US$1 trillion plus still tied up in working capital despite modest improvements
London, 31 May 2011 – Companies in both the US and Europe managed to improve working capital performance in 2010 compared with 2009, with the key measure of cash-to-cash (C2C) dropping by 2% and 4%, respectively, according to Ernst & Young’s latest Annual Working Capital Management Survey.
This year’s analysis shows that the 2,000 companies in the survey still have an aggregate total of US$1.1 trillion in cash unnecessarily tied up in working capital. This is equivalent to nearly 7% of their sales, a similar figure to 12 months ago.
The level of improvement, however, remained limited. These results are in contrast with those reported a year before, when C2C increased by 6% in the US and 3% in Europe in 2009 compared with 2008.
As Steve Payne, Americas head of Working Capital Management at Ernst & Young explains, “Despite a solid recovery in the global economy in 2010 American companies regained just a fraction of the ground lost in the prior year, with gains coming entirely from payables (suggesting that some companies are still choosing to stretch terms with their main suppliers). Europe returned to a level of performance which was only marginally better than in 2008.”
Performance by sector
In both the US and Europe, cyclical industries, such as automotive supply, chemicals, diversified industrials, semiconductors and steel, achieved significant progress in reducing levels of working capital in 2010, making up most of the ground lost of the previous year.
These results were achieved in the context of a much better year than expected in terms of sales growth for those industries, affected, however, in some cases, by supply constraints and extended lead times.
Among non-cyclical industries, in both the US and Europe, food producers reported strong working capital results (C2C down 2% and 13%, respectively), supported by much higher days payable outstanding or DPO, notably on the back of progress made in extending payment terms as well as commodity costs inflation. Performance in receivables and inventories were more varied across both regions, with European companies reporting improvement in both areas in contrast with their US peers.
For food and general retailers, working capital results were poor, with C2C rising 3% and 8%, respectively in the US and Europe. This follows significant improvement the year before. Inventory performance deteriorated while receivables and payables results were mixed.
For pharmaceuticals, European companies posted much better results (C2C down 6%) than their peers in the US (C2C up 1%), mostly due to a stronger performance in receivables.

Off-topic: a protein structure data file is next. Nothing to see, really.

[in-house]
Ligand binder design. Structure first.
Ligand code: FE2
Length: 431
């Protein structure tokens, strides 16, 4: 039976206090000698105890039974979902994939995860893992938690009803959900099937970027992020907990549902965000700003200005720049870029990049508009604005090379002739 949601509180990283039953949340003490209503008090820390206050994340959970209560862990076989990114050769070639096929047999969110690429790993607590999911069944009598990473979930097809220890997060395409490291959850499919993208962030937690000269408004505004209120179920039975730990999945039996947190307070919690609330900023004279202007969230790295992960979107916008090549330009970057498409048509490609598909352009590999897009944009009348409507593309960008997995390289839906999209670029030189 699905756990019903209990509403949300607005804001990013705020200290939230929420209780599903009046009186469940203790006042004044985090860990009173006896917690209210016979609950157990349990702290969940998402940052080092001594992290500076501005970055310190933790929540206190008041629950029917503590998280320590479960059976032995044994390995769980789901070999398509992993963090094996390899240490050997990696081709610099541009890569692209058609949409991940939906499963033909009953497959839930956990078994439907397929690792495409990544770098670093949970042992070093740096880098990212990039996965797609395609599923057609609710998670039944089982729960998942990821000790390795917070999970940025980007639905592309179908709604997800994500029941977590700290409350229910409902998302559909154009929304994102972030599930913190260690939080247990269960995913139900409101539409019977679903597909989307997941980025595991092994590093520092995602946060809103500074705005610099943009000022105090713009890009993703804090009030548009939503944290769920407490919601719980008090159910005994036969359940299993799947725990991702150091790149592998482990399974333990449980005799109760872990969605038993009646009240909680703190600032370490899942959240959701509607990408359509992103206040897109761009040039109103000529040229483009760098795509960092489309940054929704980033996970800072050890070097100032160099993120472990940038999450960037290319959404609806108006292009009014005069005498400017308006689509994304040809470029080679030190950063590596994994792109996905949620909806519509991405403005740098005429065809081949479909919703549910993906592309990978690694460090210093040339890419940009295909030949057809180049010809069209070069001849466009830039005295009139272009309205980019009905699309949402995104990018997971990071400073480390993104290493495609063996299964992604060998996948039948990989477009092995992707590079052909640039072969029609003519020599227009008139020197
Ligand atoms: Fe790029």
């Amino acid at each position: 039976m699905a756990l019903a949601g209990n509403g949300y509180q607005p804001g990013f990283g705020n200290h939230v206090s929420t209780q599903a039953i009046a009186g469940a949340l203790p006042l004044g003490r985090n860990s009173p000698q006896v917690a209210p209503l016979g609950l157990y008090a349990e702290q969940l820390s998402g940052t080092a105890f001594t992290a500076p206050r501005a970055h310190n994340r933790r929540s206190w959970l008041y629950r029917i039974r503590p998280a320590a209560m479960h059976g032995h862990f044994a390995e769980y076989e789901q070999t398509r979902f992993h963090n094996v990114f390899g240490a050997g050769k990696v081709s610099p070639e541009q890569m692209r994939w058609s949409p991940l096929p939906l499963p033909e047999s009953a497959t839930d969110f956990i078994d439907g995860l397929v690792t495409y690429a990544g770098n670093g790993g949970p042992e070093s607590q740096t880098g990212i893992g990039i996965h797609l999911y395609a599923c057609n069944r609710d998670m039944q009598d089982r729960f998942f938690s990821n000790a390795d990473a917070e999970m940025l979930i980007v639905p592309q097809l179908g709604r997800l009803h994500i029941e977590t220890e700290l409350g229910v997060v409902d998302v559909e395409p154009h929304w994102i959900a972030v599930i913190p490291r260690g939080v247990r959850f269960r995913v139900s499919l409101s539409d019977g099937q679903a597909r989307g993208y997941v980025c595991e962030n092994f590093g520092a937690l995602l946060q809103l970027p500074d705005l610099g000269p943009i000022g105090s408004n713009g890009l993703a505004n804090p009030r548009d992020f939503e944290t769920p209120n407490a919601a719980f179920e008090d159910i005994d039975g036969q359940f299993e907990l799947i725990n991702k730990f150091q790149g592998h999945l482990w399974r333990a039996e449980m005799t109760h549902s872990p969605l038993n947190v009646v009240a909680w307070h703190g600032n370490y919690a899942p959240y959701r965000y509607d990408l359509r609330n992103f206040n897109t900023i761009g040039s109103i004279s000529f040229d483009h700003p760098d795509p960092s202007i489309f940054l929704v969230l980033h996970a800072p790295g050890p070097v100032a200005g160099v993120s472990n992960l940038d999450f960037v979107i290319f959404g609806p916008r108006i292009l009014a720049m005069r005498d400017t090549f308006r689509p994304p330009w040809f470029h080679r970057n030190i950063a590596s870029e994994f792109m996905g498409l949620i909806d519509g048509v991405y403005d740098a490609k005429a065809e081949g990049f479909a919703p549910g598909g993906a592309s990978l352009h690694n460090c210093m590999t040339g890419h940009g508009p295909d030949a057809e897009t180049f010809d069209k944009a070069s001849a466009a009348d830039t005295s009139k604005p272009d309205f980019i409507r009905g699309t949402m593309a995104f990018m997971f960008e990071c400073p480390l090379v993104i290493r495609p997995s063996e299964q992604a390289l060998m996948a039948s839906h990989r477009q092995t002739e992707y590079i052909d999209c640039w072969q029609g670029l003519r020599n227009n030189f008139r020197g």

In contrast with last year’s significant deterioration, the oil industry in both regions registered a large improvement in working capital performance. This was mostly on the back of much improved inventory performance. The magnitude of the change was also exaggerated by the relatively low level of working capital inherent in the nature of the business.
And by region
The working capital performance gap between the US and Europe has been tightening in the last two years, with Europe closing the gap with the US.
This latter trend can be attributed to the global footprint of corporations, increased impact of globalization of trade, industry consolidation and concentration of demand. Common working capital leading practices have also been spreading steadily across regions.
However as Steve explains, “US-headquartered companies still exhibit much lower levels of WC than those based in Europe. Overall C2C for the US in 2010 was four days, or 9% below that of Europe.”
The outlook for 2011 and beyond
For the immediate future businesses face considerable headwinds in working capital management as Jon Morris, EMEIA head of Working Capital Management at Ernst & Young explains: “The levels of cash tied up in WC will increase to support increased business activity and improved prospects. The lag effect of higher commodity prices on business operations suggests a much greater impact on WC performance in 2011 than in 2010.”
Growth in emerging markets poses challenges to corporations associated with the inefficiency and risks of some of these local businesses. The global downturn of 2008, recent events in Japan and more generally higher volatility and unpredictability in demand have highlighted the complexity and vulnerability of supply chains to internal and external business disruptions.
With corporate liquidity much improved (powered by rising margins, moderate growth in capital expenditure and accommodative financial conditions), there is also a danger that management attention will once again move away from cash and working capital management, and towards driving revenues and bottom line, pursuing acquisitions and returning cash to shareholders.
Jon says, “With many global economic and financial market challenges still remaining unaddressed, compounded by recent commodity price developments, it is therefore critical for companies to continue implementing truly effective working capital management strategies.”
Notes to editors
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